At the Los Angeles press conference for Star Trek Beyond, Zoe Saldana is the only woman on a panel of the film's actors and filmmakers. Yes, it's a male-dominated movie — as many intergalactic adventure tales are — but when a question is (finally) directed towards Saldana, it's about her character Lieutenant Uhura's romantic relationship with Spock — you know, that pointy-eared dude. While the men are probed about fight sequences, their emotional arcs, adventures off the Enterprise, and more, the lone female is asked about her romance with one of the leading males, and it's entirely disappointing.
When I sit down with Saldana a few minutes later in a hotel room at the Four Seasons Beverly Hills, I address the disparity between women and men present at the conference. "When you do an ensemble piece, you can only give a certain amount of time to the characters, and those characters are predominantly male," Saldana reasons. "I'm not bitter about it. I recognize it."
Saldana has made a career for herself playing female characters in space. Aside from the Star Trek franchise, the 38-year-old actor portrays Gamora in the wildly popular Guardians of the Galaxy, as well as Neytiri in James Cameron's Avatar franchise, which has three sequels in the works. The mother of two has been quoted saying that it's "better for women in space" — but is this really true?
"As women, we have to support each other ... we have to be the ones to make those stories [about women] a blockbuster hit."
"Even in space, it's, 'Oh, I'm just going to stand here all day while the guys have all the funny lines?'" she says. "It's tiring and boring. It's so one dimensional."
And it's hard not to agree. All of Saldana's other worldly franchises boast significantly more male roles than female. And while the actor assures that she works with, "amazing, caring, awesome dudes," she also admits: "It feels lonely. In my twenties, it was easier for me to feel like I was the only girl in a [room], but in reality, once I sat there for 90 days on set in a overcrowded male environment, I felt underrepresented. I felt not heard enough. I felt vulnerable."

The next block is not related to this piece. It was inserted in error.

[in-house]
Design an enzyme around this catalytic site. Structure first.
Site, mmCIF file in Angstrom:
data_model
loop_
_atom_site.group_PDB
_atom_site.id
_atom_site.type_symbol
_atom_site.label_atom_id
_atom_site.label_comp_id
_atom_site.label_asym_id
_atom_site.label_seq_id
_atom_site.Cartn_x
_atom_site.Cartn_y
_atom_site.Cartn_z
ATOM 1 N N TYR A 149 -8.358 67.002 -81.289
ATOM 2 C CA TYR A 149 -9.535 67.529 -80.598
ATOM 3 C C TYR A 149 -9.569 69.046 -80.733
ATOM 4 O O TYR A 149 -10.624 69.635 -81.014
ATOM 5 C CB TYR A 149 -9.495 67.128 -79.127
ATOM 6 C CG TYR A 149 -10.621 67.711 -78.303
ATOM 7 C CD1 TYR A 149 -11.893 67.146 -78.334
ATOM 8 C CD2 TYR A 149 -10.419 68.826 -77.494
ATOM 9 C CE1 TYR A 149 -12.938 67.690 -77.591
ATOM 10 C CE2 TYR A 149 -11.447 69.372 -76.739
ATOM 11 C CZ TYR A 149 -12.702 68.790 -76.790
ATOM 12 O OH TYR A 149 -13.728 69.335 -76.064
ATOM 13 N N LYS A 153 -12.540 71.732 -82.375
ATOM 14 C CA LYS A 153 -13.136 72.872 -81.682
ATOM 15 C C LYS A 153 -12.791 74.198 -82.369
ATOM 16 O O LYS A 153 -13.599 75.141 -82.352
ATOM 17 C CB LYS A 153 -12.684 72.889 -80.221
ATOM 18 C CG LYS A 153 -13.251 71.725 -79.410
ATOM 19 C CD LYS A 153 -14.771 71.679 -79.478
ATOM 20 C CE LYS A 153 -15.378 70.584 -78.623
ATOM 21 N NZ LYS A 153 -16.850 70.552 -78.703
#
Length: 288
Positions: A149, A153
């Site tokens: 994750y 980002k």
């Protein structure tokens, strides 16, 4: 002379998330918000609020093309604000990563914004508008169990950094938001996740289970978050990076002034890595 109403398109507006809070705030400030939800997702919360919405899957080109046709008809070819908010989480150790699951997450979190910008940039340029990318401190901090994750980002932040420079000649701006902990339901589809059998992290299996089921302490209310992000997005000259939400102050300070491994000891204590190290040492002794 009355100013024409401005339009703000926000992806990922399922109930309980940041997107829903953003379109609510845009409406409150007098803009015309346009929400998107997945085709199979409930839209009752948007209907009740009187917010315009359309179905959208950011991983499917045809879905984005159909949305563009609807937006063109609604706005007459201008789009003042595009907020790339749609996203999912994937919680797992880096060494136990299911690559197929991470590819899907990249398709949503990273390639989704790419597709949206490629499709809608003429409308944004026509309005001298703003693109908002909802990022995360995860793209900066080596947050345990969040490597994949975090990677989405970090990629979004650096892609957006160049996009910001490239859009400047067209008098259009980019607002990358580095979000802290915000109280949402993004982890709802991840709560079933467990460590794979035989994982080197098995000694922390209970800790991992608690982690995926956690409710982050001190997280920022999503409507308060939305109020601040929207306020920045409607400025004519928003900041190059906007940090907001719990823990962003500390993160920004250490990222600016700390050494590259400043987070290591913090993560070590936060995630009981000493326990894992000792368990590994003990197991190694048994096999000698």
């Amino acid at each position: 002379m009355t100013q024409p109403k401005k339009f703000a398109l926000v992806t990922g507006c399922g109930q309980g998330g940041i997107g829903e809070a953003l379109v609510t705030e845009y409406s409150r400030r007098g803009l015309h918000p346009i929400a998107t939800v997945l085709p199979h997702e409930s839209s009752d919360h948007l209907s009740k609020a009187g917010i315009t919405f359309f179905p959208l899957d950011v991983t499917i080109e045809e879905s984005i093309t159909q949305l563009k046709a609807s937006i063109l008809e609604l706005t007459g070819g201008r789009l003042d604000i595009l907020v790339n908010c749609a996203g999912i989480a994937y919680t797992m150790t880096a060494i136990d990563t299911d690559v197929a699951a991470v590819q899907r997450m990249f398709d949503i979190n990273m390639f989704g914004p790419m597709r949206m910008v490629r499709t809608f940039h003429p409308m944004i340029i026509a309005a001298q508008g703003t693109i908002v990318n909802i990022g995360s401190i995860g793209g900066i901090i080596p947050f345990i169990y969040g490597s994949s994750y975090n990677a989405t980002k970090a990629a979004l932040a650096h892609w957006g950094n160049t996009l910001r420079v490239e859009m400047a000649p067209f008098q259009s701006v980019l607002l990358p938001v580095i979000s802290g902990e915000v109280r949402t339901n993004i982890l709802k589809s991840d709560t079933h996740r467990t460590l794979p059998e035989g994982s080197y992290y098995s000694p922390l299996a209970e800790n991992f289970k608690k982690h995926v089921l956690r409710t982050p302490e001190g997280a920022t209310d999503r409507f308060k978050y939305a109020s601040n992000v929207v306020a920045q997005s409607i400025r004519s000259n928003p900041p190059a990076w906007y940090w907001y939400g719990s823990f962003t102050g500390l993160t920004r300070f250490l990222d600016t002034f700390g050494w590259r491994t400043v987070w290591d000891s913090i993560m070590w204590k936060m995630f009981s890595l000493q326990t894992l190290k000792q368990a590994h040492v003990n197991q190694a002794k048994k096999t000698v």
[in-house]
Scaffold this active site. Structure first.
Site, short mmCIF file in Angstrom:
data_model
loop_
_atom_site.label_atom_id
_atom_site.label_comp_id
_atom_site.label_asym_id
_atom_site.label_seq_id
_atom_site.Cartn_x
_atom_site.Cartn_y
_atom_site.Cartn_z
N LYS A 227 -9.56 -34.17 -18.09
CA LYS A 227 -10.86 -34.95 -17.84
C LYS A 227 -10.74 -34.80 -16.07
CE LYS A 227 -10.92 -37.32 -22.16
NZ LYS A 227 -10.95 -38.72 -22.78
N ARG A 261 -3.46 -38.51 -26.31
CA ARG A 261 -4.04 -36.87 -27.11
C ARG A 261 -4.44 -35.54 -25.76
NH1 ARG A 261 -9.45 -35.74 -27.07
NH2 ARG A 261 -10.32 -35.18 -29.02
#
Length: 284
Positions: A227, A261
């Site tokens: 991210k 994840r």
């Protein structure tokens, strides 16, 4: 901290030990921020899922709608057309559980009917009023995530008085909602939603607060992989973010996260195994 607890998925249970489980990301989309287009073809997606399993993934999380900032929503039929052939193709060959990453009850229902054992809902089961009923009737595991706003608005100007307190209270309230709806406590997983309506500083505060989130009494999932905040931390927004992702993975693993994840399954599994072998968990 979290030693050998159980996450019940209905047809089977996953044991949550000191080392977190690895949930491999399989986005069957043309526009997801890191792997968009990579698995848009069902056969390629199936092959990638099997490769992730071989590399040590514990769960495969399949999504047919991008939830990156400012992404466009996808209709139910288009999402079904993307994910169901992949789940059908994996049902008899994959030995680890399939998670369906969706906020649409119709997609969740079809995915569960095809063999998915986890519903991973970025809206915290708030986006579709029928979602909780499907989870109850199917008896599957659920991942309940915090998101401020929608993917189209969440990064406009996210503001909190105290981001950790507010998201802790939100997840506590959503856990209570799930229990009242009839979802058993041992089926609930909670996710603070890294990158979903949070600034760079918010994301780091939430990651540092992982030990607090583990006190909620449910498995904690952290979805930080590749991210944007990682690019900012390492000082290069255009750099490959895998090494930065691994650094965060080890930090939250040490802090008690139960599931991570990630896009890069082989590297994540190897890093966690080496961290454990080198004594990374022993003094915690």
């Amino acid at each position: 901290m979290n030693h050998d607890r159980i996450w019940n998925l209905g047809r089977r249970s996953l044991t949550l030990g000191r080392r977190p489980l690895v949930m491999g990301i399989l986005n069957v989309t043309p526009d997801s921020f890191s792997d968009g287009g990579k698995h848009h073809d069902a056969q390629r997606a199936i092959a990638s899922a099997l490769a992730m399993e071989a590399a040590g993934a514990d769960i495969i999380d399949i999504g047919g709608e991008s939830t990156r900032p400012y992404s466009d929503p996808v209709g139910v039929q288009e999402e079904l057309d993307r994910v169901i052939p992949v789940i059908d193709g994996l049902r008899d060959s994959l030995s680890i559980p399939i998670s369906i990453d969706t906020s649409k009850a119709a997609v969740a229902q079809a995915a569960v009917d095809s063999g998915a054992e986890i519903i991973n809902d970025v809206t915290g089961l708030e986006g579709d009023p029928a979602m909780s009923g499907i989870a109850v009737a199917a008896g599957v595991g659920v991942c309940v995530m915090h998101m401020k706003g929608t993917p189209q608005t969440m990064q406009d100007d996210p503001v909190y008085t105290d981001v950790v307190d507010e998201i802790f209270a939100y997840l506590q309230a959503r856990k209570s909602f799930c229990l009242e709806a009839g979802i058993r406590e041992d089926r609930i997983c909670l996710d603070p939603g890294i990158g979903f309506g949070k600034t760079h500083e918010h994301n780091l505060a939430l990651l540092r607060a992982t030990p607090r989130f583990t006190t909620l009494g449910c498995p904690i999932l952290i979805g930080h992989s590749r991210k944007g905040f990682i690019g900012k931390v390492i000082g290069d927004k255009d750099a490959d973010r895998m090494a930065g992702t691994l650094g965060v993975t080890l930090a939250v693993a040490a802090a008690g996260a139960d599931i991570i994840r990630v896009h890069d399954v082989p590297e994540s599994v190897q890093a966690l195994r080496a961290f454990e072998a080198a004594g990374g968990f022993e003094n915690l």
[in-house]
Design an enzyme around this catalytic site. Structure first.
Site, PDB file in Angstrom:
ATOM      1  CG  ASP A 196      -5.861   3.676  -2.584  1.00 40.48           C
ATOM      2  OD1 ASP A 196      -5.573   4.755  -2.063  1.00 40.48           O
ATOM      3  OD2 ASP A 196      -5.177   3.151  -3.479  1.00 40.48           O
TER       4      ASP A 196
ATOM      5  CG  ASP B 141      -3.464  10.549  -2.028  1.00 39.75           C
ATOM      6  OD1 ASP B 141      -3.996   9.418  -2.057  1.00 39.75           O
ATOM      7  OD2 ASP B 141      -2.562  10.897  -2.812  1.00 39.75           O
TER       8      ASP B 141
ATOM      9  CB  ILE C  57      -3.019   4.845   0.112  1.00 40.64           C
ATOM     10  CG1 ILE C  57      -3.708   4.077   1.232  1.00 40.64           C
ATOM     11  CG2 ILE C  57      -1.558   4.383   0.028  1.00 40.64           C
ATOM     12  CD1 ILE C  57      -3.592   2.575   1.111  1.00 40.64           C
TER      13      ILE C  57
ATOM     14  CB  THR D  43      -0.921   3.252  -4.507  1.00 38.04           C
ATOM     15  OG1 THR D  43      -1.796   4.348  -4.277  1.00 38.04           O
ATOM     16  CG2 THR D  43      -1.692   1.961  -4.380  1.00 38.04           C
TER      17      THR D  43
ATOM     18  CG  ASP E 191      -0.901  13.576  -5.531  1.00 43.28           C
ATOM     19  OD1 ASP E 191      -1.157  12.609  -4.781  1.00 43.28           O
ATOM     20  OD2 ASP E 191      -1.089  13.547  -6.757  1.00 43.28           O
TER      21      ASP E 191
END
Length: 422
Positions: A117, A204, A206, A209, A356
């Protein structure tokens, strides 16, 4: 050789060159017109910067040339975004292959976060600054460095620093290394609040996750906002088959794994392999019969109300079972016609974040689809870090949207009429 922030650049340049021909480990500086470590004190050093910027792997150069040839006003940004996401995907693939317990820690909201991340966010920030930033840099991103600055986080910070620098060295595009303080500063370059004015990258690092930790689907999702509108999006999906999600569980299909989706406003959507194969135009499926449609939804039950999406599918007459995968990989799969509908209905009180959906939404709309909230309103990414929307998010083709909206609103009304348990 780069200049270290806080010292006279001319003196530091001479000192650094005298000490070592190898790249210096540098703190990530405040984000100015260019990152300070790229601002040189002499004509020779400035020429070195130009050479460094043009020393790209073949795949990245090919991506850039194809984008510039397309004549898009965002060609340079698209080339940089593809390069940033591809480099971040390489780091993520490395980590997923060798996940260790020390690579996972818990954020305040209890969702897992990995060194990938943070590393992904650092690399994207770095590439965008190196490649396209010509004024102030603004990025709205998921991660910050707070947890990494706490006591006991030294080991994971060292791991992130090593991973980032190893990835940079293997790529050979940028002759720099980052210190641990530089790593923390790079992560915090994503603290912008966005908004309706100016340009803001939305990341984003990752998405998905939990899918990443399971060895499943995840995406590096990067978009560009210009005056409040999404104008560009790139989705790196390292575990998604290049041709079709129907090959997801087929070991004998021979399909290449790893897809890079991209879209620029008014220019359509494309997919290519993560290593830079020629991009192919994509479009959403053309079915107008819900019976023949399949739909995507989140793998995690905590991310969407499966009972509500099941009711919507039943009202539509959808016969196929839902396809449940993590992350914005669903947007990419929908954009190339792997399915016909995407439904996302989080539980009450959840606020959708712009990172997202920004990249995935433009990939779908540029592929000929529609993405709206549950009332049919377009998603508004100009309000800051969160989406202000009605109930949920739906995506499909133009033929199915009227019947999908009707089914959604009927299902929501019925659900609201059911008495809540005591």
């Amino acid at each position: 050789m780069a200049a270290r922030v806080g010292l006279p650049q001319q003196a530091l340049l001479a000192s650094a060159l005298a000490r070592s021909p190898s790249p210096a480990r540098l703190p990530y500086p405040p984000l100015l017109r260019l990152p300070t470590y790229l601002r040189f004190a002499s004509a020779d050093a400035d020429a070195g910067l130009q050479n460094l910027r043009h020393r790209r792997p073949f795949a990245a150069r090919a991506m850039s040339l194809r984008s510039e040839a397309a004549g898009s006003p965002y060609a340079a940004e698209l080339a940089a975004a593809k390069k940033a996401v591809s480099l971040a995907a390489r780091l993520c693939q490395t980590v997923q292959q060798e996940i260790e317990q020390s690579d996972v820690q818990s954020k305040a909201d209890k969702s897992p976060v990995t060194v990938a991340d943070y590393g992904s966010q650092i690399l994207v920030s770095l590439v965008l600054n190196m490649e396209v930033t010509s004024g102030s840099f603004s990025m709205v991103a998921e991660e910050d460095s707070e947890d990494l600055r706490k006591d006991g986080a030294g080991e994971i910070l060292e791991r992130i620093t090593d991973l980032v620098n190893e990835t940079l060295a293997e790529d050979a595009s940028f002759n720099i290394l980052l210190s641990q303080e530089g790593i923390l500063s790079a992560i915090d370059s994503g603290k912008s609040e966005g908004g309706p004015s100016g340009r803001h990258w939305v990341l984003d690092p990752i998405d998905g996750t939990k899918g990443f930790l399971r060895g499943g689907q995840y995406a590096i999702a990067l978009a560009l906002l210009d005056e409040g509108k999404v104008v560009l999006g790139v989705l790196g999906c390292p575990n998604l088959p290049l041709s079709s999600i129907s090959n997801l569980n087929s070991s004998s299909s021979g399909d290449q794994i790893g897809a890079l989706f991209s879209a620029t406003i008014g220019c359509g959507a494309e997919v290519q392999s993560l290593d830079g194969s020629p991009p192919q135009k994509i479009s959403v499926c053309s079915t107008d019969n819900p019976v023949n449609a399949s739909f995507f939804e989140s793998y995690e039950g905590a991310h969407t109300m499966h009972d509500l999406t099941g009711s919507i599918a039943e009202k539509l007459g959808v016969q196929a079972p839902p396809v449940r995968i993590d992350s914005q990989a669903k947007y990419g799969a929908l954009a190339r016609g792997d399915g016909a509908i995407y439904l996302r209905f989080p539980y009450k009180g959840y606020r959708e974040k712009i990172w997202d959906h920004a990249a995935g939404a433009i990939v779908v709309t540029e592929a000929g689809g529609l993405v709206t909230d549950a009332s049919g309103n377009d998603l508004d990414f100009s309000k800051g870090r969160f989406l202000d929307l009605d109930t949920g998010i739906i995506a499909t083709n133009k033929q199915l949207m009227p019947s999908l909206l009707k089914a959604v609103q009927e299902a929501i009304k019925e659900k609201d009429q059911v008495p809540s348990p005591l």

Yet Star Trek itself is not the problem. The franchise has been a beacon of diversity in many ways — the original series had an African American female lead as well as many men of color in the main cast. And in 2016's Star Trek Beyond, the film series introduces its first openly gay character, Sulu. The film also added new female characters to the cast: Sofia Boutella and Lydia Wilson, who both play strong, layered characters.
It's clear that gender gaps in cinema cannot be blamed on any one film, as it is an industry-wide problem. Though in 2016 this problem seems obvious, the facts warrant repeating: According to the Center for the Study of Women in Television in Film, in 2015, females comprised 22 percent of protagonists, and made up only 33 percent of all speaking characters in the top 100 domestic grossing films. The center also states that "female characters of color were less likely than white females to be major characters."